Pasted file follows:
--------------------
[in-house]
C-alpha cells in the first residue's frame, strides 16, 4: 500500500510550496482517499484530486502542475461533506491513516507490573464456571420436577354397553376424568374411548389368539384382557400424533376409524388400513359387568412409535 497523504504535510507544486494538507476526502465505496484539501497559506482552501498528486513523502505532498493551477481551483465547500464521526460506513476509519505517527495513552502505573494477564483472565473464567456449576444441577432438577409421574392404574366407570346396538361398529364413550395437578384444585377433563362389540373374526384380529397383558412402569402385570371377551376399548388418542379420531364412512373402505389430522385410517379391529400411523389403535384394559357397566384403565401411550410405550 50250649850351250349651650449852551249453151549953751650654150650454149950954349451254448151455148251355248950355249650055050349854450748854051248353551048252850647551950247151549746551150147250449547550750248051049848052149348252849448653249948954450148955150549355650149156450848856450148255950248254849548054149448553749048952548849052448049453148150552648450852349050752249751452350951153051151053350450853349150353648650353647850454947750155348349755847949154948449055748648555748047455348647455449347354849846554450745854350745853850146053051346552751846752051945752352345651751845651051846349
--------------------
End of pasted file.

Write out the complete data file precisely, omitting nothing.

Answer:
[in-house]
C-alpha cells in the first residue's frame, strides 16, 4: 500500500510550496482517499484530486502542475461533506491513516507490573464456571420436577354397553376424568374411548389368539384382557400424533376409524388400513359387568412409535 497523504504535510507544486494538507476526502465505496484539501497559506482552501498528486513523502505532498493551477481551483465547500464521526460506513476509519505517527495513552502505573494477564483472565473464567456449576444441577432438577409421574392404574366407570346396538361398529364413550395437578384444585377433563362389540373374526384380529397383558412402569402385570371377551376399548388418542379420531364412512373402505389430522385410517379391529400411523389403535384394559357397566384403565401411550410405550 50250649850351250349651650449852551249453151549953751650654150650454149950954349451254448151455148251355248950355249650055050349854450748854051248353551048252850647551950247151549746551150147250449547550750248051049848052149348252849448653249948954450148955150549355650149156450848856450148255950248254849548054149448553749048952548849052448049453148150552648450852349050752249751452350951153051151053350450853349150353648650353647850454947750155348349755847949154948449055748648555748047455348647455449347354849846554450745854350745853850146053051346552751846752051945752352345651751845651051846349